On Tuesday night of Holy Week, I sat under fluorescent lights at a plastic folding table and gripped a styrofoam cup of bad coffee. Around the room sat men from all walks of life. Respectable businessmen, craftsmen and laborers, men living in a residential rehab or halfway house, and me: a young clergyman who looks like he has it all together.

At that meeting of Alcoholics Anonymous, I received a small metal chip (“heavy metal” as we call it in the program) signifying five years of continuous sobriety.

I’ve written about my recovery before in the Food and Drink Issue of The Mockingbird. In that piece, I wrote about the gritty journey that led to me taking my last drink in the middle of my first year of seminary in 2013. What I have learned in five years of meetings and conversations with other alcoholics can be condensed into two statements that apply to everyone, not just alcoholics:

  1. All is grace.
  2. You can get off the elevator at any time.
All is grace.

When I received my five-year chip, I told the gathered group that my sobriety is a miracle. I mean a real miracle. When I got sober I could not imagine going one day without a drink, let alone five years. I could not imagine a life without alcohol, which had become my god. I oriented my life around it and offered everything at its altar. I was willing to sacrifice friends, family, and personal wellbeing for the chance to worship the debilitating deity. Worship in the seminary chapel was flat as I longed for one day in the inebriating inner courts of my lord.

Five-years ago I was given a miraculous chance to change. I saw that I was caught in the grips of sin and that I could not save myself. I was bound by a power greater than myself and could finally see my predicament. In the language of the program, I could admit that I was powerless over alcohol and that my life had become unmanageable.

This realization was not surprising once it entered my consciousness. In fact, it hit me like Gospel. Fleming Rutledge says of this phenomenon, “Properly understood, the knowledge of one’s sinful condition comes as good, even joyful knowledge.” (Fleming Rutledge, The Crucifixion, pg. 173)

This knowledge could only come through grace. Left to my own devices, I would still be drinking (and most likely drunk). There were many mornings in those last days when I woke up and said to myself in the mirror, “You are an alcoholic.”, but as the Big Book of Alcoholics Anonymous says, “Self-knowledge availed us nothing.”

On that day, five-years ago, grace broke through the haze. God did for me what I could not do for myself.

Which led to the second realization.

You can get off the elevator at any time.

There is a myth that you have to hit rock-bottom to get sober. This myth says that you have to lose everything before you are broken enough to reach out for help. While this is true for some, it doesn’t have to be. You do not have to ride the elevator all the way down, you can get off at any floor.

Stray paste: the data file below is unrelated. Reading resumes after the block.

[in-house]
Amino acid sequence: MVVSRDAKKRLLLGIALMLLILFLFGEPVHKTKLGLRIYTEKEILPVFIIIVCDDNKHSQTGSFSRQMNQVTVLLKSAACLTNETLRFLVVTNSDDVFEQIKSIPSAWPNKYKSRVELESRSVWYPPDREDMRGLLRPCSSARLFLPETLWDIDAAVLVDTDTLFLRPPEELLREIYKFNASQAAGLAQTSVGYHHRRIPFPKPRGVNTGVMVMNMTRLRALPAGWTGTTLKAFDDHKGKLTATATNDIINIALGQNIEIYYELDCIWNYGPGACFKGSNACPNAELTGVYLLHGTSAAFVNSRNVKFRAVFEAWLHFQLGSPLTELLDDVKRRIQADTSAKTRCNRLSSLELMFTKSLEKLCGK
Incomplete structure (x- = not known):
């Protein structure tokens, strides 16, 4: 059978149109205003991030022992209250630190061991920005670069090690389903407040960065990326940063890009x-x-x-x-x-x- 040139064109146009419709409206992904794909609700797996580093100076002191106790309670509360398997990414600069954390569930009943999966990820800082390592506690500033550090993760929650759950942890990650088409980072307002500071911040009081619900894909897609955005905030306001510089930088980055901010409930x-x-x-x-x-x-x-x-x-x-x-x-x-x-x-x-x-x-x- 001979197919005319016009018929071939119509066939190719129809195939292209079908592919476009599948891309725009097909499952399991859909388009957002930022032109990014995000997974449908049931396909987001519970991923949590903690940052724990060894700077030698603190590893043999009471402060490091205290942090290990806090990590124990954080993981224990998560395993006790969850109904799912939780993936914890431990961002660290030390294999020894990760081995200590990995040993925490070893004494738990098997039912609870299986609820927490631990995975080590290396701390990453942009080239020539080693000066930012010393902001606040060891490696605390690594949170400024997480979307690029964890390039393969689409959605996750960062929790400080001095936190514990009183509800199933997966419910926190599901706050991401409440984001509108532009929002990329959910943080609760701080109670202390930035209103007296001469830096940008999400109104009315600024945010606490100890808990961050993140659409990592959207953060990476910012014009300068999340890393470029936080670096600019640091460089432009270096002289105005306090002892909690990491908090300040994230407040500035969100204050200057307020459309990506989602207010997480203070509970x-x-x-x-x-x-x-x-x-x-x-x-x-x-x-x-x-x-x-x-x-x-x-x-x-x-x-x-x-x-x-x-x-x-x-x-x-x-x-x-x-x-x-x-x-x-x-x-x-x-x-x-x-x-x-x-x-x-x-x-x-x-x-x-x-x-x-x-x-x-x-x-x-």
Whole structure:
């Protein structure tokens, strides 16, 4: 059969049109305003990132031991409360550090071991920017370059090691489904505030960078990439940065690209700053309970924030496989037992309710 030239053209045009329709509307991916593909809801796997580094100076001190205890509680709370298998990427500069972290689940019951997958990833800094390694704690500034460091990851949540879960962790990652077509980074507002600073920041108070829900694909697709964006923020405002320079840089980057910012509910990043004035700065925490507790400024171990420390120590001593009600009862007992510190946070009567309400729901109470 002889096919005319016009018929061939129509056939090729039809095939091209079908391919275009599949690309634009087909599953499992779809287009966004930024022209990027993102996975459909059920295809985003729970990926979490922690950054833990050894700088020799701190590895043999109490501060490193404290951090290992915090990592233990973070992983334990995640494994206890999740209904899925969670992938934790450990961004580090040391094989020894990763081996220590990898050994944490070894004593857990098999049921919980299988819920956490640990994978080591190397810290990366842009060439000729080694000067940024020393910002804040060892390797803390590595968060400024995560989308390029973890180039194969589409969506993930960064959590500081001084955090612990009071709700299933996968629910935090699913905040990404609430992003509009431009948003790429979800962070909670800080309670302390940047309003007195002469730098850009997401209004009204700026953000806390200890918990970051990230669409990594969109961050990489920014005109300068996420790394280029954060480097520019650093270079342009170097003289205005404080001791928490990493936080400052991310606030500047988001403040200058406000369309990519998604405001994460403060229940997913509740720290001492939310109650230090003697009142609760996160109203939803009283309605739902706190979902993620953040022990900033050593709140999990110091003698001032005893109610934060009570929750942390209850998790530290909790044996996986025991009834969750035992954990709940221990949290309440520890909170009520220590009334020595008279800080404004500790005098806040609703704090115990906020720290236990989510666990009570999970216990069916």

We are all broken.

We all hit our personal rock bottoms at different times and places. For some, it is in a jail cell and for others, it is in a seminary dorm room. For some, rock bottom comes with a diagnosis or a death and for others, it comes in the drive-thru line or sitting in a coffee shop. The point is not where the realization of your powerlessness comes but that it comes.

Just like all is grace, God is always ready to welcome the prodigal (that’s you) home. You don’t have to sleep in the pigpen tonight–but you will until you realize that you can’t save yourself. Until you accept that your best thinking has gotten you to a place of despair, destruction, and hopelessness. Easier said than done, I know.

In the program, we say that everyone’s rock bottom is at a different height. This is true of life in general. The Buddhists get it partially right when they proclaim that life is suffering. What they fail to realize is that One has suffered on our behalf.

The calendar lined up beautifully this year and put my sobriety anniversary in the middle of Holy Week. As the Church remembers the rock-bottom path of Jesus to the cross, I remembered my own moment of dereliction. I remembered the hopelessness I felt and the sweetness of the grace I found in a church basement five years ago. I remembered the sin that entangled me and the powerlessness I felt.

The secret I found in those meetings is no secret at all: all is grace and you can step off the elevator at any moment. I look back on five years of sobriety strung together one day at a time living in this truth, which is the same pattern that Christ calls us to in the Christian life.

The power of Alcoholics Anonymous is that no one sitting around those tables has time for the superficial. Much like the Church, each person in recovery knows that their life has been saved through a strength that is not their own. In the “B.S. free zone” of an AA meeting, each person is there to stay sober (and alive) for one more day.

The truth of Holy Week (and AA) is this: We cannot save ourselves and we don’t have to. That work has already been done. Salvation is found only in whole-hearted surrender.

So pull up a chair, pour a cup of bad coffee, and join the club. The elevator doors are open.